Photograph of Gerhard Armauer Hansen’s urn 

Photograph of Armauer Hansen’s urn. Leprosy Museum St. Jørgen's Hospital.

This photograph of an urn, with Armauer Hansen’s name written in ink, is part of the museum’s collection. We know almost nothing about it, other than that it in all probability contained Hansen’s ashes, and that it is said to have been interred under the plinth of the bust in the garden outside Bergens Museum.

Both Armauer Hansen and senior consultant Daniel C. Danielssen advocated the introduction of cremation in Norway, and they were key members of the cremation society, Bergen likbrendingsforening, which was founded in 1890. The arguments for the introduction of crematoria were lack of space in rapidly growing cities, sanitary conditions and infection risk. Cremation was first permitted in 1897, and 10 years later the country’s first crematorium opened in the chapel at Møllendal in Bergen. When Hansen was cremated in 1912, it had been in use for five years.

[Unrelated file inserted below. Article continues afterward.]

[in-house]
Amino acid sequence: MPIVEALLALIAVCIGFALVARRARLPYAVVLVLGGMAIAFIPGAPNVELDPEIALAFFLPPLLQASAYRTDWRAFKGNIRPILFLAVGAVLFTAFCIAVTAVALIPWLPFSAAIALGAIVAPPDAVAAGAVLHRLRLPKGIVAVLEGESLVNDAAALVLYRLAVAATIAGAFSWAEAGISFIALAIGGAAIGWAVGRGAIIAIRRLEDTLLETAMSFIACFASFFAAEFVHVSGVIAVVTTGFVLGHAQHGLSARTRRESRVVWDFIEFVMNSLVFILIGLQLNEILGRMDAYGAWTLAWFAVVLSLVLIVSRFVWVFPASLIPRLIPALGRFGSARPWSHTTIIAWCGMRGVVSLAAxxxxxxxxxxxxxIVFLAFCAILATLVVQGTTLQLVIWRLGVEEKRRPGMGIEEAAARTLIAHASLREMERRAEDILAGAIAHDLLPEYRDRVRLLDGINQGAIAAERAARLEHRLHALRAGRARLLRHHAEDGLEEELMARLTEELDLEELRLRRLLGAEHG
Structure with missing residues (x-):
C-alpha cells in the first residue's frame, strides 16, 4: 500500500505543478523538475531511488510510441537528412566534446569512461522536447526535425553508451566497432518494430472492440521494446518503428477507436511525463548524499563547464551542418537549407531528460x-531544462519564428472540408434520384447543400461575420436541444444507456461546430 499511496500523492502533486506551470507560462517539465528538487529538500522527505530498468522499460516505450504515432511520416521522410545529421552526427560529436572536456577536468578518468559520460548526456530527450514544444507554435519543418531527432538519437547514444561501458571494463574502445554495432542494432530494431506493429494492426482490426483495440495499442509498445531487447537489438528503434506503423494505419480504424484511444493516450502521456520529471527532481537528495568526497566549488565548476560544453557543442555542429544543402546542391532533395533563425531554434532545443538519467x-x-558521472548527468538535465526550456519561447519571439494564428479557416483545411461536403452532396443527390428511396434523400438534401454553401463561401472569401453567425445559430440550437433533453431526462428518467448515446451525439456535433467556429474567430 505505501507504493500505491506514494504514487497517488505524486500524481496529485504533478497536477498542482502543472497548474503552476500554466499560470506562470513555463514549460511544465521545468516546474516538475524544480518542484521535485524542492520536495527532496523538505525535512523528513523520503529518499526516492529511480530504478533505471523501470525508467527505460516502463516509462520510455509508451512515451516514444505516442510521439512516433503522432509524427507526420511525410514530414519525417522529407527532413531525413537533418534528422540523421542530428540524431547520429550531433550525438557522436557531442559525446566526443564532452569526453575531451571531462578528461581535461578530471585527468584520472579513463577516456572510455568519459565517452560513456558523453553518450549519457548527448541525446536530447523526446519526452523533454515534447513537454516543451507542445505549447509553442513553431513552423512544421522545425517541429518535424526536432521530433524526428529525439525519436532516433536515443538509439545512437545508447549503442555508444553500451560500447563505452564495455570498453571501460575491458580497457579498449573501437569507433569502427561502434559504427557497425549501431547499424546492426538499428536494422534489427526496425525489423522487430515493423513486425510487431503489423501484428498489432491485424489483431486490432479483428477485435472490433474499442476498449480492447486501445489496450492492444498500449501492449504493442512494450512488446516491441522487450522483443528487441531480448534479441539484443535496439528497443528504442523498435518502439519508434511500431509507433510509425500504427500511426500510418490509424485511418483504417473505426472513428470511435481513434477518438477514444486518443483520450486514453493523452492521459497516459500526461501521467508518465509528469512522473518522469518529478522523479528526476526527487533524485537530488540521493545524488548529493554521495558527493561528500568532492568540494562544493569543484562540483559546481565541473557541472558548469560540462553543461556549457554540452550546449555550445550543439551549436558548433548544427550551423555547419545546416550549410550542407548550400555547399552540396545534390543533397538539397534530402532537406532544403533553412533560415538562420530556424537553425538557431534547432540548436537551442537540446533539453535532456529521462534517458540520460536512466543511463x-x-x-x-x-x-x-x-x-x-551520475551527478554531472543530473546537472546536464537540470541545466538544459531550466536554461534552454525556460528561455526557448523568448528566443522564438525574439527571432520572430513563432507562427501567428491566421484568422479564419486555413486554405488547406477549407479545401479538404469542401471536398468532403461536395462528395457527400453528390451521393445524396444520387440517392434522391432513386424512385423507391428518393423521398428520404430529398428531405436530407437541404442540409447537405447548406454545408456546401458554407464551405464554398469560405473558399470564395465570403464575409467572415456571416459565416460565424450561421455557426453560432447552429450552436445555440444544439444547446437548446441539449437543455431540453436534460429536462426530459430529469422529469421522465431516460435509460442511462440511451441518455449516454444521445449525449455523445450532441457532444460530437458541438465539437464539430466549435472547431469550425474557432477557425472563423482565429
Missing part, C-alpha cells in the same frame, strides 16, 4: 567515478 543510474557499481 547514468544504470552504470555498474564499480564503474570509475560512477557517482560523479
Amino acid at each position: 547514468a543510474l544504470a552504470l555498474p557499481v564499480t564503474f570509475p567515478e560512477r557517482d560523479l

When Danielssen died in 1894, cremation was still not allowed in Norway. Since he had a strong desire to be cremated after his death, Hansen embarked on a journey with another of Danielssen’s closest associates. They transported Danielssen’s body by steamship to the nearest crematorium – in Gothenburg.

Møllendal chapel. From the book "Norges kirker".
Møllendal Chapel, where Norway’s first crematorium was established in 1907.
Photo: Norges Kirker

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